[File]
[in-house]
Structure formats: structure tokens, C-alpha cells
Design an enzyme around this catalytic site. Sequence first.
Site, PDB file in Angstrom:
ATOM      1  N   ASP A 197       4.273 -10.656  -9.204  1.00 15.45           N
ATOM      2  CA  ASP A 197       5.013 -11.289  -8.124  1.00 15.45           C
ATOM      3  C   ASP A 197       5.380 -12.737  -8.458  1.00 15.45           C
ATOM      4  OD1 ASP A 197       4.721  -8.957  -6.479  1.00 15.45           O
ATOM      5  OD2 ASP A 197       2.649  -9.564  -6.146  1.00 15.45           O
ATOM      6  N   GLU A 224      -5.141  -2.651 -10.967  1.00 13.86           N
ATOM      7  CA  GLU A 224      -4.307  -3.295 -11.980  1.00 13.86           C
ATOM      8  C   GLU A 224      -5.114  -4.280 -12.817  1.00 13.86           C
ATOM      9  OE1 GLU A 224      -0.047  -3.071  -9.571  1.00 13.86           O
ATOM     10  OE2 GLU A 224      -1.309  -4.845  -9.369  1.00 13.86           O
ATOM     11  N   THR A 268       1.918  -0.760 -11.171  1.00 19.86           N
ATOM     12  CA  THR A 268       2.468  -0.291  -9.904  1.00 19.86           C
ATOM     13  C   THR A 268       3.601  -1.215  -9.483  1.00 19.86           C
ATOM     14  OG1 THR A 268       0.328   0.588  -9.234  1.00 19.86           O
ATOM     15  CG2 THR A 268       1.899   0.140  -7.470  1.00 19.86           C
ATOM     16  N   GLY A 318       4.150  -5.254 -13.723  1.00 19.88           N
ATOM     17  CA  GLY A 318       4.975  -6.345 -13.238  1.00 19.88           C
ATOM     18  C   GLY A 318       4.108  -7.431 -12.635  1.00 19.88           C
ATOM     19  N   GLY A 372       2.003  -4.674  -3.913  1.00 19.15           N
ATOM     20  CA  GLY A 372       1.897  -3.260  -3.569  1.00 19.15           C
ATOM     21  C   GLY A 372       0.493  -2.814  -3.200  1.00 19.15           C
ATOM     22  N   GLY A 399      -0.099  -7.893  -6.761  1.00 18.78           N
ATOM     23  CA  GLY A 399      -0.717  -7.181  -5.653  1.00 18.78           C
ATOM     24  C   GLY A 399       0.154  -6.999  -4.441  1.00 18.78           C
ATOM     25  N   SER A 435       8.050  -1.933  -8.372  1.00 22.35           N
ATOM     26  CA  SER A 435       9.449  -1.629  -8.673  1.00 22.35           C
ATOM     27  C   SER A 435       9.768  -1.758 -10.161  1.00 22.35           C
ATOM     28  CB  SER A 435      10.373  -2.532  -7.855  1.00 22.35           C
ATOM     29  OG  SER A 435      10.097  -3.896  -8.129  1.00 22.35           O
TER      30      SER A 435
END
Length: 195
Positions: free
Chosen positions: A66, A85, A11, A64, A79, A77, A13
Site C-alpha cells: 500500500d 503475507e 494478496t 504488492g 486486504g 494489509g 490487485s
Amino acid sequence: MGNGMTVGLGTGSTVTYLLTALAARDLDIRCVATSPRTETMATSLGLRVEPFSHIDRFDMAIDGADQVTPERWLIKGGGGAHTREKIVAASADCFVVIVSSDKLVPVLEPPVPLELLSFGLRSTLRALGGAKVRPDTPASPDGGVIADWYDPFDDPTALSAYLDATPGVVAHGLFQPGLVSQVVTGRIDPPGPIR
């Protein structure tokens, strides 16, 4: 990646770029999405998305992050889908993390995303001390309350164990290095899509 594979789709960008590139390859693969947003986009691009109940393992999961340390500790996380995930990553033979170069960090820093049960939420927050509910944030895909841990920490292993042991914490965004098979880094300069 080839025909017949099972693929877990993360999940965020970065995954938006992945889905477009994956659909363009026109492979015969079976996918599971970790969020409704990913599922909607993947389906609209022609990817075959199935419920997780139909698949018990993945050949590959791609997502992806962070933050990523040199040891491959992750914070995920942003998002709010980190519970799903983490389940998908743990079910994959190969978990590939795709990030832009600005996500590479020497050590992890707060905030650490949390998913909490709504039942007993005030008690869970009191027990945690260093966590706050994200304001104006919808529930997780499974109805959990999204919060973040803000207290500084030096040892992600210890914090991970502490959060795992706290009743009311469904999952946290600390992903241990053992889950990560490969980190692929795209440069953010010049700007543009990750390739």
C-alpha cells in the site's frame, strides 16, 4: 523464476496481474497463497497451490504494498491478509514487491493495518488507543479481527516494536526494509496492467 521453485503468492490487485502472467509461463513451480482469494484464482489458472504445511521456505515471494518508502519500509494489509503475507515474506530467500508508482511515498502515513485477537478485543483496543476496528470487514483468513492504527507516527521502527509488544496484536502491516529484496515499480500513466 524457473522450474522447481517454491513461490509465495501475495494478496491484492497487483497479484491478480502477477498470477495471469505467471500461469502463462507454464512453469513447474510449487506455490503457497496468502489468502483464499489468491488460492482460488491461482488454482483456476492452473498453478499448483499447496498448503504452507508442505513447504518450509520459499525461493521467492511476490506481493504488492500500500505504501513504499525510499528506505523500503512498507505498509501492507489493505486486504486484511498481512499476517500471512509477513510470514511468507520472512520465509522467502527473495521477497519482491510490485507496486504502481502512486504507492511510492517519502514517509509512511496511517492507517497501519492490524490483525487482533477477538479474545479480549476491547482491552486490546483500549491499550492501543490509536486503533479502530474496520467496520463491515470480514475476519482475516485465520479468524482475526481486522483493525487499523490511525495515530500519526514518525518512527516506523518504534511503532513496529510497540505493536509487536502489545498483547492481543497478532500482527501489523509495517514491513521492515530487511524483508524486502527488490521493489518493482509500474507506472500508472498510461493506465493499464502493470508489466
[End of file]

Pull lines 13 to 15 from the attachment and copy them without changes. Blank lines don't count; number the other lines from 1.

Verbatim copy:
ATOM      9  OE1 GLU A 224      -0.047  -3.071  -9.571  1.00 13.86           O
ATOM     10  OE2 GLU A 224      -1.309  -4.845  -9.369  1.00 13.86           O
ATOM     11  N   THR A 268       1.918  -0.760 -11.171  1.00 19.86           N